I will walk through a project or two from start to finish to give a sense of how we approach problems and to emphasize the importance of designing compelling visuals to achieve our results.

Describe Datascope Analytics

We are a data-driven consulting and design firm. Instead of specializing solely in design, consulting or analytics, we operate in the space where these three functions intersect. With this broader perspective we are able to provide solutions customized for the data and challenges unique to our clients. We believe that this comprehensive approach has differentiated us in the analytics market.

What are some of your signature clients?  Can you discuss the projects you did for them?

Proctor & Gamble contracted us because they needed their employees to adopt a new work process throughout a multinational and multi-functional organization. We conducted a social network analysis and created an influence network model. With this we identified the thought leaders and change agents who are simultaneously well-respected by their peers and optimally positioned in the influence network to foster a movement. The result was a team of ambassadors who will spearhead change in the organization.

P&G Influence Network created by Datascope Analytics
P&G Influence Network created by Datascope Analytics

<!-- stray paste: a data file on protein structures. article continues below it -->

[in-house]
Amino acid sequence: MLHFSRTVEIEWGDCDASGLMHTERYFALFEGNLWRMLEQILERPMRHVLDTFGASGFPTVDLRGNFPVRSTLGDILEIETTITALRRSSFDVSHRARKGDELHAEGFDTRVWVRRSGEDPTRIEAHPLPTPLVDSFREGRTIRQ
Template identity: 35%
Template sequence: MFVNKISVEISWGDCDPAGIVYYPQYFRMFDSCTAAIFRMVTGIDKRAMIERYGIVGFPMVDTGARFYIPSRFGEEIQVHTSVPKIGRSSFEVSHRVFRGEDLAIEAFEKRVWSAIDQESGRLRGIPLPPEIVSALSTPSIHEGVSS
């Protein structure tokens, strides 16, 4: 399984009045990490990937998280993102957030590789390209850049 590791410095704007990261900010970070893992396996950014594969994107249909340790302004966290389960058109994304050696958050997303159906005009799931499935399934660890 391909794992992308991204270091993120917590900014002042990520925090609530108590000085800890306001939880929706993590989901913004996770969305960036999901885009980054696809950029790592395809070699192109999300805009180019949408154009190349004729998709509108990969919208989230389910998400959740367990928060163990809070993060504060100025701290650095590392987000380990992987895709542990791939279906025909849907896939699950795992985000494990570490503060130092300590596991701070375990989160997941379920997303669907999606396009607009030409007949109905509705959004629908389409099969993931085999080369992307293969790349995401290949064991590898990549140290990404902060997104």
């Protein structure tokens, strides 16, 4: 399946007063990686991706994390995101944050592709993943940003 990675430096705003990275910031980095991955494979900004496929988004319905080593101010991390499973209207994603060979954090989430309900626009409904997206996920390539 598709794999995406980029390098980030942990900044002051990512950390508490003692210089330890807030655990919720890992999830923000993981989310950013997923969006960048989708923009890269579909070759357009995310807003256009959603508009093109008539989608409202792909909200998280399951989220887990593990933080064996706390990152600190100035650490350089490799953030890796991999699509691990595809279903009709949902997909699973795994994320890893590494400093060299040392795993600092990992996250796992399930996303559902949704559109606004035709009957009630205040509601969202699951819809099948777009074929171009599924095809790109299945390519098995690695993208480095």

We’ve also worked with companies like Research Corporation for Science Advancement, a global information services provider, and a global e-discovery services provider.

Can you describe your design process?

We have developed a four stage process that has been successful for us. It has four major phases.

    1. Clarifying our clients need. This is a collaborative exercise with the client to brainstorm ideas. We then select a few options that are the best fit for the problem and create prototypes. Our ability to create prototypes is one of our strengths.
    2. Identifying the data that can be combined or created to provide insight for our clients. This may be data from within the client’s organization or from external sources. If the data is incomplete, we fill in the gaps with custom tools and surveys. All of this data is combined to provide a reusable asset for the client.
    3. Designing the analysis. We know that our clients, and their data, are unique. Consequently, we don’t use the same analytical tools for every project. We are a custom shop because we believe we deliver greater insight in to a client’s data than we can with a vended software package.